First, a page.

Evolve Housing + Support has joined with dozens of charities in condemning new immigration rules announced by the Home Office.
Under the new legislation, ready to be introduced by the end of the year, migrant rough sleepers can have their leave to remain cancelled or refused, resulting in them being deported.
The letter that was sent to the Home Secretary Priti Patel and Housing Minister Robert Jenrick was signed by 27 representatives of local authorities and London-based charities, including Evolve Housing + Support and calls for five proposals.
Dear Priti and Robert,
We are writing to you as local government and civil society organisations to urge you to reverse deeply concerning plans to use rough sleeping as a ground to remove certain migrants from the UK. Instead, we urge you to take compassionate and exceptional measures to avoid thousands of non-UK nationals falling into destitution and street homelessness during a global pandemic and the deepest recession in generations.
A significant proportion of non-UK nationals cannot access either welfare benefits or homelessness assistance in the UK. As a result, their accommodation and support options are extremely limited. The solution is for the Government to increase support for this group, not to strengthen policies that would further limit their access to essential services.
The Greater London Authority (GLA), London boroughs and civil society organisations acted swiftly to accommodate and support thousands of London’s rough sleepers, regardless of immigration status, in response to the pandemic. We did this with central government support under the “Everyone In” programme to respond to an unprecedented public health emergency. This emergency is still ongoing, but funding put in place by the Government is coming to an end, and measures like the suspension of asylum cessations and the ban on evictions have been lifted. No alternative measures have been put in place to allow all destitute non-UK nationals to access mainstream support.
Changes to the Immigration Rules making rough sleeping a legal ground to cancel or refuse permission to be in the UK from 1st December will deter already vulnerable people from seeking help to rebuild their lives off the streets, and put them at greater risk of exploitation and infection from Covid-19. Although the rules currently have limited application, they set a dangerous precedent and rather than supporting people to come off the streets, these new rules will punish rough sleepers simply for not having a home.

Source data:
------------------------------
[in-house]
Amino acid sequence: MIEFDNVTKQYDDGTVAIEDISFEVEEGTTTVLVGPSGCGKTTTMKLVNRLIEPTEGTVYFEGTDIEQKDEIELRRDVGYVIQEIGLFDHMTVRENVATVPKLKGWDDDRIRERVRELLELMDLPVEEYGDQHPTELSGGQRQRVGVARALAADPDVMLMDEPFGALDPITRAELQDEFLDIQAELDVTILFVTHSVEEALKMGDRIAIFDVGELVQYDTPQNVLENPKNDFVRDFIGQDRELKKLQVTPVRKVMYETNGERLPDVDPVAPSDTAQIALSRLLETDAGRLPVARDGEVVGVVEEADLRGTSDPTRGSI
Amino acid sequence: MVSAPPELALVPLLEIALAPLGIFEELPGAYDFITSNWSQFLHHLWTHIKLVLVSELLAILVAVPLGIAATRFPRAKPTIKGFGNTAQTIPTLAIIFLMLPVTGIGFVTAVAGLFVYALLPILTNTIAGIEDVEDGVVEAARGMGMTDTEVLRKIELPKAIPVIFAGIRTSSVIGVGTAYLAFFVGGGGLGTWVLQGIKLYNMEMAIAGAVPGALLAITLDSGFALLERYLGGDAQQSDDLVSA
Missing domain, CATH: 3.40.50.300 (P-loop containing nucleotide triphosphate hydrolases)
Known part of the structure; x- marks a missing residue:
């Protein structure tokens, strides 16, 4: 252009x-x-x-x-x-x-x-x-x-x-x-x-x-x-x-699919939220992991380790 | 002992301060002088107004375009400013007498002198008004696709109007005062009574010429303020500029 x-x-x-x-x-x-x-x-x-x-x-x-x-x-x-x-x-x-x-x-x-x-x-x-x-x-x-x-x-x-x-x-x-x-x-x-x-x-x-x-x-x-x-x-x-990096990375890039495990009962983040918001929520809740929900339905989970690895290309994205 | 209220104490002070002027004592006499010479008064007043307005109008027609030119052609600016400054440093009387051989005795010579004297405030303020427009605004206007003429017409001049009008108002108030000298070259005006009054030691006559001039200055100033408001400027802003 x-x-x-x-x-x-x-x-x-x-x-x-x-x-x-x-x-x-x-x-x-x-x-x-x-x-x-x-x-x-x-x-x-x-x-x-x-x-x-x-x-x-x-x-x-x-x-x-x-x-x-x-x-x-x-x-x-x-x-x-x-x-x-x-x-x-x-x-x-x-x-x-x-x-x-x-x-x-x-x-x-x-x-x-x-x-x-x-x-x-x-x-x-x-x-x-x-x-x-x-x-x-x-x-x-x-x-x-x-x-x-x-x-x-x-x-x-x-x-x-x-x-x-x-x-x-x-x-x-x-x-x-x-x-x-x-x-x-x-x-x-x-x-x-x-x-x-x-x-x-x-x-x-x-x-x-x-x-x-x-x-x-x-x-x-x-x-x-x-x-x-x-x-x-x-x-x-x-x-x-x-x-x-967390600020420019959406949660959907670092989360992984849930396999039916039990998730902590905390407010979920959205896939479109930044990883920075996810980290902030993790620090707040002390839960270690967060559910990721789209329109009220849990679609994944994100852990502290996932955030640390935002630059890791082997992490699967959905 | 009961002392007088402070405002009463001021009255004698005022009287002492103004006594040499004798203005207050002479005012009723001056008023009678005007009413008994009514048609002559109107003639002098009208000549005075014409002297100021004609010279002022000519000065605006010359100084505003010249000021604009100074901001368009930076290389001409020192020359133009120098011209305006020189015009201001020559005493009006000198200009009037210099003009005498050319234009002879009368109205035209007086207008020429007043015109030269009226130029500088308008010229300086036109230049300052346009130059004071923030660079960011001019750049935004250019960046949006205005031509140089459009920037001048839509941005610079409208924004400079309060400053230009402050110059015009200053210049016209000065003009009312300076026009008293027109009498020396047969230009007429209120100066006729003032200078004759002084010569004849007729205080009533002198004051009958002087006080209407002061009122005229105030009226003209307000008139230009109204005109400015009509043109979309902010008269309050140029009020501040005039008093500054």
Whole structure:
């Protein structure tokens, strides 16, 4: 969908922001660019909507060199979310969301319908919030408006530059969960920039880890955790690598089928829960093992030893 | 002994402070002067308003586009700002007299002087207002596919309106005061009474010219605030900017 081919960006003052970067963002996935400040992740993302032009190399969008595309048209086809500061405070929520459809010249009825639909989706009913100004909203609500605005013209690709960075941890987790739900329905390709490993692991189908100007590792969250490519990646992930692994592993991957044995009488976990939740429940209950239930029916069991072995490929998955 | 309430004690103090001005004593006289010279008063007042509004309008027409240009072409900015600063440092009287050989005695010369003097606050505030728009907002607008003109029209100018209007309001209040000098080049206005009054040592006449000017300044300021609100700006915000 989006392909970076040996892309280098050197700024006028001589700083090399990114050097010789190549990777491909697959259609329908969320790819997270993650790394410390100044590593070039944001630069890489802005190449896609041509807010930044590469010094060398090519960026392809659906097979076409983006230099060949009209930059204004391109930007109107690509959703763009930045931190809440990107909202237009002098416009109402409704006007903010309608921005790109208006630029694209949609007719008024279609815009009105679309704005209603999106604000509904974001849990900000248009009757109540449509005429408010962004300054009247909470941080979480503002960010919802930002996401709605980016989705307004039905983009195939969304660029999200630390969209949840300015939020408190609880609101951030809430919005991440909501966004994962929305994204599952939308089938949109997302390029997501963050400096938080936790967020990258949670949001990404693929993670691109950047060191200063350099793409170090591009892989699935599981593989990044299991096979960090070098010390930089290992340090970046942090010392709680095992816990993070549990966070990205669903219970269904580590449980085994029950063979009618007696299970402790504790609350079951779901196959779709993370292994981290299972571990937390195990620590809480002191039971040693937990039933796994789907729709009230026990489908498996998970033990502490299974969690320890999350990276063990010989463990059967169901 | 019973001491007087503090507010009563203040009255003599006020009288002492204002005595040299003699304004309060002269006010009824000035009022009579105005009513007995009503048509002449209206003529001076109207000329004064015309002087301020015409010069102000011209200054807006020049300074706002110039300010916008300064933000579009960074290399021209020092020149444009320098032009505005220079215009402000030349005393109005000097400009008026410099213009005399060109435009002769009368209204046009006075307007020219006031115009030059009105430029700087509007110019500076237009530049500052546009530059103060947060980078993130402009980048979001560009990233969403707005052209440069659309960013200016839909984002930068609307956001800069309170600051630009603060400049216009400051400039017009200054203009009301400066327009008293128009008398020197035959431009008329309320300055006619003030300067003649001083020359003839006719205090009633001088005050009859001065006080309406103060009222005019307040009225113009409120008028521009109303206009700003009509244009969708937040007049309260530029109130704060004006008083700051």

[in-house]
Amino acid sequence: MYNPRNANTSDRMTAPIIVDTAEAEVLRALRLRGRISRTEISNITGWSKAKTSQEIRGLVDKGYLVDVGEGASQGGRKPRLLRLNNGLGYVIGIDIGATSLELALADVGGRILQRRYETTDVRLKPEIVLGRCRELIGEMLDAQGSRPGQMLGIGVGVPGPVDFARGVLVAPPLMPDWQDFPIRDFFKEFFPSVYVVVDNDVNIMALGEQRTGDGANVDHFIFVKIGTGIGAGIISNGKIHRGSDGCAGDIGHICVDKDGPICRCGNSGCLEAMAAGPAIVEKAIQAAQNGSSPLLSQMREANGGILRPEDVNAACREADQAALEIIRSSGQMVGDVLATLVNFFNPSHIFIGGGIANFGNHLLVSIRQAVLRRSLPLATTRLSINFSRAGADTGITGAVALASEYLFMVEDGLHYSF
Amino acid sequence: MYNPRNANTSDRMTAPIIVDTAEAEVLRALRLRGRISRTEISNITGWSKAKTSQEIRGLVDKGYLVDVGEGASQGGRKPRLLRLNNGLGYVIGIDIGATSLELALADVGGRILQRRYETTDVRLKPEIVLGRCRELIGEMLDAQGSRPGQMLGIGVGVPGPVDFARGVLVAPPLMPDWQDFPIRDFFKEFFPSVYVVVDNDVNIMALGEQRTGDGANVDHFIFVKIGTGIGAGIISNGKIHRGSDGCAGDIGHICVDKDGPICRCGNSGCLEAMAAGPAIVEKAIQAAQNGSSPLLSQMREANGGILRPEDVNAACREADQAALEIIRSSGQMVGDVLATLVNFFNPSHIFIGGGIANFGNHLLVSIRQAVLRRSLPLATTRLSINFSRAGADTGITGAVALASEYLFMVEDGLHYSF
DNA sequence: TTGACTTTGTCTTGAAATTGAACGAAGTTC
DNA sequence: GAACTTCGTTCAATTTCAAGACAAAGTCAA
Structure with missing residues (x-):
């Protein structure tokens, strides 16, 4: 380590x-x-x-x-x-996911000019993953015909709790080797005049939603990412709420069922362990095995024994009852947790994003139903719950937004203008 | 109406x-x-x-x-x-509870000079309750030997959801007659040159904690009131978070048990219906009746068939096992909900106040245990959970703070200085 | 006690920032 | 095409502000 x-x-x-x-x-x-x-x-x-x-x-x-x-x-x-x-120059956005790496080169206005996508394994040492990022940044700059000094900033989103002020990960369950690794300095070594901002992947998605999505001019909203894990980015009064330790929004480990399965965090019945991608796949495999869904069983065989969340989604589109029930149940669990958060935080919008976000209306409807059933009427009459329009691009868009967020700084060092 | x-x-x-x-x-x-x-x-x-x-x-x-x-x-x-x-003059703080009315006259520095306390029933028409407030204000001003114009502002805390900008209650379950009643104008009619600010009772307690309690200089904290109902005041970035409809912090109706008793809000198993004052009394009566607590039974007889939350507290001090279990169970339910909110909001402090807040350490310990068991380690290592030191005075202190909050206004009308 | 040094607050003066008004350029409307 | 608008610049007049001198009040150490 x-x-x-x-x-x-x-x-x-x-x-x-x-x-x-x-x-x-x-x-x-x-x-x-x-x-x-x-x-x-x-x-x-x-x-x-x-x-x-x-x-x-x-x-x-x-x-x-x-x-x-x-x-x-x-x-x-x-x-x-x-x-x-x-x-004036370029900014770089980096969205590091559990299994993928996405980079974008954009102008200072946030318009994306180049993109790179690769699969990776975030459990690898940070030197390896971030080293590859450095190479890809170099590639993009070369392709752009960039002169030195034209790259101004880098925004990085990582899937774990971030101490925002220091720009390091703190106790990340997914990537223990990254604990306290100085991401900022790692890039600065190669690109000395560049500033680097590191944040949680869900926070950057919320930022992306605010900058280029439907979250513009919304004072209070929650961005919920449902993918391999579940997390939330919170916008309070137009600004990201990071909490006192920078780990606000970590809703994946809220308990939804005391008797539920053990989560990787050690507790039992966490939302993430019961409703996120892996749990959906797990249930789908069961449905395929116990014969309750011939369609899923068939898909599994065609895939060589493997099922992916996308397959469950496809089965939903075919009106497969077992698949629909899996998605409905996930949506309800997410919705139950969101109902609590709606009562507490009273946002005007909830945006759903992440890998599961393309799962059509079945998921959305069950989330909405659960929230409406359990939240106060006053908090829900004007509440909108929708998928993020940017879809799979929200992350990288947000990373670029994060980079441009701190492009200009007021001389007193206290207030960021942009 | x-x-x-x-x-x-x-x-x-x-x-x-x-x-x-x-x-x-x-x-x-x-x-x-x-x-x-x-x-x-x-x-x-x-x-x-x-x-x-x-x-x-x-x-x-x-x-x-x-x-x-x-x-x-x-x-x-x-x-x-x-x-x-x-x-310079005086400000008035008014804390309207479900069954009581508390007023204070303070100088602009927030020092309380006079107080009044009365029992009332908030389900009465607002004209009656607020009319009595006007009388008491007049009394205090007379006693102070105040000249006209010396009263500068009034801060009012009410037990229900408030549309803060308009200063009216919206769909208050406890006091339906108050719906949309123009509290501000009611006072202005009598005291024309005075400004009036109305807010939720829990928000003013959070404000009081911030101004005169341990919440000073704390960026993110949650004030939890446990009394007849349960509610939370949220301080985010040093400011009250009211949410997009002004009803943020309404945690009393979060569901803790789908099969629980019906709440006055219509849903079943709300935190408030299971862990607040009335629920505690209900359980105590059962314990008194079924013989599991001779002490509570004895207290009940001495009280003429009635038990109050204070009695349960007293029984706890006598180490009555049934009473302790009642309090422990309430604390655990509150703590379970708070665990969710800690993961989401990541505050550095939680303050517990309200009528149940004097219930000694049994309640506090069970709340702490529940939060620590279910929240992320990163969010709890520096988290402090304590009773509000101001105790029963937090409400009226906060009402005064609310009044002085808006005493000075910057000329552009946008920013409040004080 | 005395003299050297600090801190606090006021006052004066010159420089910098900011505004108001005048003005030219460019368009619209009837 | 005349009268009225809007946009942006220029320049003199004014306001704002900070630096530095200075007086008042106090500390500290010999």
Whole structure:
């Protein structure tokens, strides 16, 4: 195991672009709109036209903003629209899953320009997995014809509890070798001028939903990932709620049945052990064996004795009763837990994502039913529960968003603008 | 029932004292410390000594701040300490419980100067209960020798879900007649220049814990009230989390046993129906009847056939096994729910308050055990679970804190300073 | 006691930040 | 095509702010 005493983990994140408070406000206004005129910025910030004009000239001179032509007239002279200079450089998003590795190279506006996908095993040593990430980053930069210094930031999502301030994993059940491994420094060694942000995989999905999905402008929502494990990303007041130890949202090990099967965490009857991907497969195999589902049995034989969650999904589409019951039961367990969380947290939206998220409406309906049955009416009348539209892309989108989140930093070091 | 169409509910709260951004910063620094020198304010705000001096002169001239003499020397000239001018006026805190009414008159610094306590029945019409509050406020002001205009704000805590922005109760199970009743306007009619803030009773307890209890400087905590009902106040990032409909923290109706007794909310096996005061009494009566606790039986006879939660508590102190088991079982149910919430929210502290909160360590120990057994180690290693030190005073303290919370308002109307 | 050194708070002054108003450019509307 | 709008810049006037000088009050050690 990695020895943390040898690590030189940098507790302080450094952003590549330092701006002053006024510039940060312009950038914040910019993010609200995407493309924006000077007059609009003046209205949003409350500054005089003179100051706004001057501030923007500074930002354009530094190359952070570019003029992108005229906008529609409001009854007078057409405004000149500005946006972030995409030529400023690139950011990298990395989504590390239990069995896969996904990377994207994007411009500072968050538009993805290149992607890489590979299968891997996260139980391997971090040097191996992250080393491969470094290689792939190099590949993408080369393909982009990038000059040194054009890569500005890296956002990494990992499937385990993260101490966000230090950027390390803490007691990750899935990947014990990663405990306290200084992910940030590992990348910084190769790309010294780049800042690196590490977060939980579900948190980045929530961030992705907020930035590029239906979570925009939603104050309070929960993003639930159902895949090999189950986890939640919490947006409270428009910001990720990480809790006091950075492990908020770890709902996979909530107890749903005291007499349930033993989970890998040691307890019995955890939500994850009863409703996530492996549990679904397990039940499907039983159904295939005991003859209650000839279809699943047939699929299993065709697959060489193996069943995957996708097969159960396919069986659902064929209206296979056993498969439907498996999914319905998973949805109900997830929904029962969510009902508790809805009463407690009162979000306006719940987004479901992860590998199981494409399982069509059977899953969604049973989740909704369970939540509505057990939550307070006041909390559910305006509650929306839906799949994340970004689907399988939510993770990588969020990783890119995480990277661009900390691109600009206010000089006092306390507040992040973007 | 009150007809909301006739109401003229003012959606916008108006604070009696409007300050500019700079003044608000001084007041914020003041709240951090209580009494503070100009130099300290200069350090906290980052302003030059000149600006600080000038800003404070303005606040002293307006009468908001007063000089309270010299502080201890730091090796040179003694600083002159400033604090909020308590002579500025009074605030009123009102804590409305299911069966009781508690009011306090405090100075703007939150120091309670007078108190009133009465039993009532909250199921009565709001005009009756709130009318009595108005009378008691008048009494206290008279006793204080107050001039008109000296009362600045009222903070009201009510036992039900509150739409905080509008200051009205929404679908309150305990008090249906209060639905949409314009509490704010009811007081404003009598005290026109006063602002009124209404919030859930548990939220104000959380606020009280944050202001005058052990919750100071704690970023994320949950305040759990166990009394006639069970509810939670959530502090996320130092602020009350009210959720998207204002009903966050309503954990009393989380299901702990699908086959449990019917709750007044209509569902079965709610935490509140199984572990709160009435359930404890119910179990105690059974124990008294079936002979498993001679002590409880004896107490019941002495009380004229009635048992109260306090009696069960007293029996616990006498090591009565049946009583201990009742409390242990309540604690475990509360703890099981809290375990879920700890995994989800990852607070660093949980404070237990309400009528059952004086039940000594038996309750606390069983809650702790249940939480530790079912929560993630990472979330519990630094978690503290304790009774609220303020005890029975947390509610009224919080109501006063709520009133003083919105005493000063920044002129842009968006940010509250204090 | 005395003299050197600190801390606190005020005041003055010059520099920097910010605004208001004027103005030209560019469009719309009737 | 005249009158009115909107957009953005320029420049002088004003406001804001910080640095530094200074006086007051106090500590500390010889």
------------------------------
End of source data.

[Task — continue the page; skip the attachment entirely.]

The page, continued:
Draft legislation suggests EU citizens who do not satisfy the EEA Regulations 2016 and have not yet obtained status under the EU Settlement Scheme (EUSS) will not be able to continue to work and live their lives in the UK as they do now after the end of the transition period. This will impact many homeless EU nationals who are less likely to be currently exercising treaty rights and who might become undocumented from January 2021, making it more difficult to find routes off the streets. The 31st December marks not only the end of the transition period, but also the end of the suspension of derogation which has allowed some support to be provided for EEA nationals. This may see support provision for vulnerable EU rough sleepers substantially reduced at a crucial time.
The Covid-19 crisis has placed extreme pressure on already-stretched local authorities who in most cases cannot afford to accommodate non-UK nationals with no or limited entitlements on an indefinite basis. Civil society organisations are reporting reduced capacity and uncertainty about how services can operate safely within Covid-19 restrictions. This includes the network of night shelters with shared sleeping spaces, which this year will be substantially reduced as they are not Covid-secure.
The Government must withdraw the new Immigration Rules and instead urgently implement measures to allow all those unable to self-isolate, including all non-UK nationals, to access appropriate support. Our proposals are as follows:
Measures taken as part of the ‘Everyone In’ programme resulted in very low Covid-19 infection rates amongst homeless people in London. Without a robust plan, including legislative changes, there is a real risk that all the positive work we have jointly done will be undermined, and that we will see soaring Covid-19 infection rates among rough sleepers spreading to the wider community as a result.
We would welcome an urgent response on the points raised in this letter.
Cc: Rt Hon Therese Coffey MP, Secretary of State for Work & Pensions and Paul Scully MP, Minister for London